I must admit, I finally read my first Terry McMillan book a few years ago. I’d recently been wronged by a boy and decided to pick up Waiting to ExhaleI must admit, I finally read my first Terry McMillan book a few years ago. I’d recently been wronged by a boy and decided to pick up Waiting to Exhale, and, man, did that book set me free. I really hadn’t even seen the movie all the way through, not sure what I was waiting for but I assume it had something to do with my not being ready for the literature she puts out. I fell so deeply in love with McMillian while reading Waiting to Exhale that I followed her on all her social media channels and (more recently) jumped at the chance to review hew newest release and eighth novel, Who Asked You?
Who Asked You? revolves around Betty Jean (or BJ), the matriarch of her family and grandmother who inherits and raises her grandchildren from her troubled daughter. Her husband is ill; her sons aren’t involved in her life (with one incarcerated and another too good for the ‘hood); and her life is exhausting. It seems like BJ just can’t get a break, and her two sisters don’t make her life any easier with their consistent negativity and un-welcomed input or their own heartbreaking troubles.
I believe the mark of a good book is that it makes me emote outwardly, and twists me up inside with nerves for the characters. I found my stomach in knots as I learned slowly the future of her daughter (who abandoned her two sons in BJ’s arms). I was uncomfortable at learning about Nurse Kim’s intimate relationship with BJ’s dying husband and worried it would turn into something even scarier with BJ’s grandsons. I squirmed with each interaction between BJ and her sisters. And I yearned for BJ to find some sort of solace in her life, be it new love, or a vacation, or just a moment to catch her breath.
Told from the viewpoint of almost every character in the novel, Who Asked You? says a lot about perspective. Additionally, it’s relatable because no one’s families are perfect, but what makes them strong is overcoming the craziness and chaos of every day life.
Released this September, 2013, Who Asked You? is wonderful winter read to enjoy by the fire....more
I’ve sung her praises before, so it should come as no surprise that I actively hunted down Erica Bauermeister‘s new novel, The Lost Art of Mixing. AsI’ve sung her praises before, so it should come as no surprise that I actively hunted down Erica Bauermeister‘s new novel, The Lost Art of Mixing. As a follow up to The School of Essential Ingredients, I embarked on a beautiful journey of prose by the writer, who I almost prefer to refer to as an artist.
This new book takes us even further into the lives of Al, Isabelle, Lillian, and Chloe. With each window of insight into their lives, Bauermeister teaches you about your own life in a way that reminds me much of the kitchen. She slowly stirs, leisurely whips, and brings each character to a slow boil, a simmer, that makes you implore for more.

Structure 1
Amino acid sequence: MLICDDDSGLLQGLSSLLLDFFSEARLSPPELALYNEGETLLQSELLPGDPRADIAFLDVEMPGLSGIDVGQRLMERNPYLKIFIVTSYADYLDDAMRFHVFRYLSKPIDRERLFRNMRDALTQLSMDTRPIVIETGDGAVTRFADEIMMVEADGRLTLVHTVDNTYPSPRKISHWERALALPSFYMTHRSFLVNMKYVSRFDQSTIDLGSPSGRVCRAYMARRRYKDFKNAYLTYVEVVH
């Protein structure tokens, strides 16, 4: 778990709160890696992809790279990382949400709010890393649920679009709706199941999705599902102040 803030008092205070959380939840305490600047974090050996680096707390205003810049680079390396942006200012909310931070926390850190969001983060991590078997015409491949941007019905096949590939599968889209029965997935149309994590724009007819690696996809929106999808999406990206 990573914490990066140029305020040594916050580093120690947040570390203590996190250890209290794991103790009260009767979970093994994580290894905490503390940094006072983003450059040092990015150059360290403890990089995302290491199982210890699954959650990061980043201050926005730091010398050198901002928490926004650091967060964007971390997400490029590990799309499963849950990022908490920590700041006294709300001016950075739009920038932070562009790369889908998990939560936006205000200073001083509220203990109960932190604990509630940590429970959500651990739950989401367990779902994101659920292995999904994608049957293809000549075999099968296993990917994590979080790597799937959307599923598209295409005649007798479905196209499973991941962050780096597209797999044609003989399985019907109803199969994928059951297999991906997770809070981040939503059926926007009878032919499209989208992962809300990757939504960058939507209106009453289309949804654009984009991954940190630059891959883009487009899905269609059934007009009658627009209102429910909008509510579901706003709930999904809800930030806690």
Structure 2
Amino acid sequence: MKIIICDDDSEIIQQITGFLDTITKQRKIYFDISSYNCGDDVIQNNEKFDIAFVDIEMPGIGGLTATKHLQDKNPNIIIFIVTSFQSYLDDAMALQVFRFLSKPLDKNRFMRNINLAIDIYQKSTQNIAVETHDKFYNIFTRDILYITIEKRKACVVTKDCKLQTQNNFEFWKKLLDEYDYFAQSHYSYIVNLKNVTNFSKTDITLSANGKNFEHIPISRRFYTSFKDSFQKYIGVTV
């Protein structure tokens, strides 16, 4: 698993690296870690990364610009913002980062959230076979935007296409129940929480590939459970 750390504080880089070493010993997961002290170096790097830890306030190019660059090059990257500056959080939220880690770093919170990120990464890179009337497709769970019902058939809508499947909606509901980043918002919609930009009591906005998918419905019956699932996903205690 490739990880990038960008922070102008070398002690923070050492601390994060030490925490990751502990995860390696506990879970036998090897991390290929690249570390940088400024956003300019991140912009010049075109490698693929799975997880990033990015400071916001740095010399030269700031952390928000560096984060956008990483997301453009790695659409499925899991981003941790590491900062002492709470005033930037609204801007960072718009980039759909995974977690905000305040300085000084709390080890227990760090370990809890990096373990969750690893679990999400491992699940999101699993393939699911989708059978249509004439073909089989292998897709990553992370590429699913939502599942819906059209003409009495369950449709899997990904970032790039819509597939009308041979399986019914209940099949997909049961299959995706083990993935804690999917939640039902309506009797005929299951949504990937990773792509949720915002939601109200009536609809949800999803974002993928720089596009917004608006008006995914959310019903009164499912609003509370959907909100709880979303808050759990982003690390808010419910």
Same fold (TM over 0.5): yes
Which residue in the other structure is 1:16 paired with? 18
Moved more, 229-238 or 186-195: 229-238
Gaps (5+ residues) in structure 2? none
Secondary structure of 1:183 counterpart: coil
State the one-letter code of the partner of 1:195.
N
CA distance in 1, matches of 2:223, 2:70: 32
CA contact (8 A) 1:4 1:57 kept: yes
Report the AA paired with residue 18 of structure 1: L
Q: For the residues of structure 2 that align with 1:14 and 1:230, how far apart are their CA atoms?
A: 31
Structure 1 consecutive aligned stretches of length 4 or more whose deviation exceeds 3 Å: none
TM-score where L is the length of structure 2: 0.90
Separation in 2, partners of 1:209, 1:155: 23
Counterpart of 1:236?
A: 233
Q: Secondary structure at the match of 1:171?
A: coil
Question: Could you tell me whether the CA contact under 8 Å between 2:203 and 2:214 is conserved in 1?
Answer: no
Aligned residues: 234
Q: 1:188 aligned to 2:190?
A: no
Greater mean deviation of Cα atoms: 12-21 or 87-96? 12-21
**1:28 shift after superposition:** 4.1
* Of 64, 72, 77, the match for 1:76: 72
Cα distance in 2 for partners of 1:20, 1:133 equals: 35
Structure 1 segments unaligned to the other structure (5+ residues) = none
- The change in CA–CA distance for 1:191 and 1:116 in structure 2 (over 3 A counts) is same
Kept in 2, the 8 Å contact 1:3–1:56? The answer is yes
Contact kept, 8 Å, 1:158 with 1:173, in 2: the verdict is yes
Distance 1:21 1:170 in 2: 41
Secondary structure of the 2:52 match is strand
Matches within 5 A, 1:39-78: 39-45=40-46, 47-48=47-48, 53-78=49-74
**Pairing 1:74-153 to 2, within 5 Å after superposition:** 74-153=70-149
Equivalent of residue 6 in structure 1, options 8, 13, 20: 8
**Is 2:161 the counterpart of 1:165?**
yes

This excerpt, told from the voice of Isabelle, is what made my heart leap out of my chest and onto the pages of this gorgeous piece of prose:
More than once, Isabelle had envisioned herself a balloon in Abby’s life, helping to lift her daughter off the ground she clung to so desperately, although Isabelle doubted her daughter saw the value in this. But now Isabelle wondered, as she sat on the jostling chair – what would happen if there were no balloon pulling her daughter upward? Perhaps gravity might seem less attractive if it wasn’t helping you hold something else to the earth. Perhaps you could simply, finally, let go. [page 157]
Please. Pick up this novel, hitting bookshelves January 24, 2013. If what I’ve said isn’t enough to make you buy this book when it comes out, then pick up the work for the reason below: There is no better place to escape from the realities of life than in a book. Especially The Lost Art of Mixing, a story that takes you to a universe filled delicious smells from a love-filled kitchen, and the ups and downs of many entwined lives.
Disclaimer: I received an advanced reader copy from Putnam, in exchange for a review. The thoughts above are my own, and were in no way influenced by the generosity of this gift (I call it generosity because I love Erica Bauermeister. To review this book was more a treat than a task). ...more
Sometimes, a book comes along that reaches out and grabs at your soul. I Dare To Say: African Women Share Their Stories of Hope and Survival, is one oSometimes, a book comes along that reaches out and grabs at your soul. I Dare To Say: African Women Share Their Stories of Hope and Survival, is one of those books.
Edited by Hilda Twongyeirwe through FEMRITE, The Ugandan Women Writers Association, the book features a series of short memoirs spoken by the woman of Africa. Emotionally, it took more than I expected to get through these unfathomable pieces: each story was more difficult to read than the next.
The content was riveting, but the subject matter was difficult to bear, especially as a woman of African descent. That said, I was also impressed by the honesty and amazed by the resiliency shown by these women.
I felt similarly when reading Eve Ensler's The Vagina Monologues, which I have referenced often when referring to this book. Meant only as a compliment, I hope the author takes it as such. What I find to be profound about I Dare to Say, (similarly with the Vagina Monologues) is that behind the despair is hope and faith — important for all of us to hold on to at all moments.